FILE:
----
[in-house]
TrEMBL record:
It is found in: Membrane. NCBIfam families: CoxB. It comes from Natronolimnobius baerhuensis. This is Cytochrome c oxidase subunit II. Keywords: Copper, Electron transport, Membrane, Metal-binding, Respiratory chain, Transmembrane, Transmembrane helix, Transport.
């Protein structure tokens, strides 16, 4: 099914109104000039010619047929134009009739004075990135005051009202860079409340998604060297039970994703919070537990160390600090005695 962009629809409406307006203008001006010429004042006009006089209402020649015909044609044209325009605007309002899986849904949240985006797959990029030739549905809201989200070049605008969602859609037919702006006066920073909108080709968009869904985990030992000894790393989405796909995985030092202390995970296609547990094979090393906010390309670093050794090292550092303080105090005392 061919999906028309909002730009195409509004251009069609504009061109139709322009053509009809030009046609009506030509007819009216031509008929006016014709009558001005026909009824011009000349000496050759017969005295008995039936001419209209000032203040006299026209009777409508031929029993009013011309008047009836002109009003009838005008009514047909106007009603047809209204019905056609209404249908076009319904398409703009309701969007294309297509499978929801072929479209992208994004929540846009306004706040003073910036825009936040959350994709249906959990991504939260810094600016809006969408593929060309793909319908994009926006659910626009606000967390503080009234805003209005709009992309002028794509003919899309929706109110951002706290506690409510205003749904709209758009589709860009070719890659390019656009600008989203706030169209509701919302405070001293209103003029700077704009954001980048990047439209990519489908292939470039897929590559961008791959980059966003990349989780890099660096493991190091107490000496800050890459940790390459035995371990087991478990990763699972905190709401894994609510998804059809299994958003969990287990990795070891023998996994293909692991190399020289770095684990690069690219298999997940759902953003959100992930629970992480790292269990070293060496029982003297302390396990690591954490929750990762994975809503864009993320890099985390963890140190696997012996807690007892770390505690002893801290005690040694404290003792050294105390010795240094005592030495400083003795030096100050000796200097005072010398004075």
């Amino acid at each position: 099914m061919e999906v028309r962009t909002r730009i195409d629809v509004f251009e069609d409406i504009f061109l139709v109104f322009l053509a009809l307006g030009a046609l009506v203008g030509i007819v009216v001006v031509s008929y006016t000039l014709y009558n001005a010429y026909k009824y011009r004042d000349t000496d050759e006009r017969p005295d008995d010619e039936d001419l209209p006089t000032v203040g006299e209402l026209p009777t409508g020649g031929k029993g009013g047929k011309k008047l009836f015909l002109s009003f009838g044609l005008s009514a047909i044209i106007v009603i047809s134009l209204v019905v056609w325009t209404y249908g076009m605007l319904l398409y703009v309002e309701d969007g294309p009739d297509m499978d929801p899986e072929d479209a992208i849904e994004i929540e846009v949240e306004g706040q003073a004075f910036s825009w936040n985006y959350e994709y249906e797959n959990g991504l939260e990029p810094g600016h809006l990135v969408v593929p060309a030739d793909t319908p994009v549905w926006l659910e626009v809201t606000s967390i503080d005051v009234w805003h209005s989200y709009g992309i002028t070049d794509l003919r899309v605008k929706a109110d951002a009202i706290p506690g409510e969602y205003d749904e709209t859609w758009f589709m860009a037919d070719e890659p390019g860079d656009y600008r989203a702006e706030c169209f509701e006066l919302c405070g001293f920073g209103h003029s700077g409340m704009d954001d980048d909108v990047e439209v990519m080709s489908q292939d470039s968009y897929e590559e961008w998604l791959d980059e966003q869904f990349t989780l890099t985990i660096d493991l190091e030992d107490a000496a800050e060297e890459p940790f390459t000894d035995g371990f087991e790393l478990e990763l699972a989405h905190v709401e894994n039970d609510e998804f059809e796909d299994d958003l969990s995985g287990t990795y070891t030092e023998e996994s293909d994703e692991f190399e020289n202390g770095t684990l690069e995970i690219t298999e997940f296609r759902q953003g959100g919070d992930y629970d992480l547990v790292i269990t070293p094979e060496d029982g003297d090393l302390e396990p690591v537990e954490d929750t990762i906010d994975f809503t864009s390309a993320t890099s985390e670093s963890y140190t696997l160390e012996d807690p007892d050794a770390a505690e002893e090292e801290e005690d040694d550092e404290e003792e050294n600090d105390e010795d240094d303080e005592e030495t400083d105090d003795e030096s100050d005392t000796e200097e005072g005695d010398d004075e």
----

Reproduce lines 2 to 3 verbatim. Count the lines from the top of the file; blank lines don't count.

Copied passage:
TrEMBL record:
It is found in: Membrane. NCBIfam families: CoxB. It comes from Natronolimnobius baerhuensis. This is Cytochrome c oxidase subunit II. Keywords: Copper, Electron transport, Membrane, Metal-binding, Respiratory chain, Transmembrane, Transmembrane helix, Transport.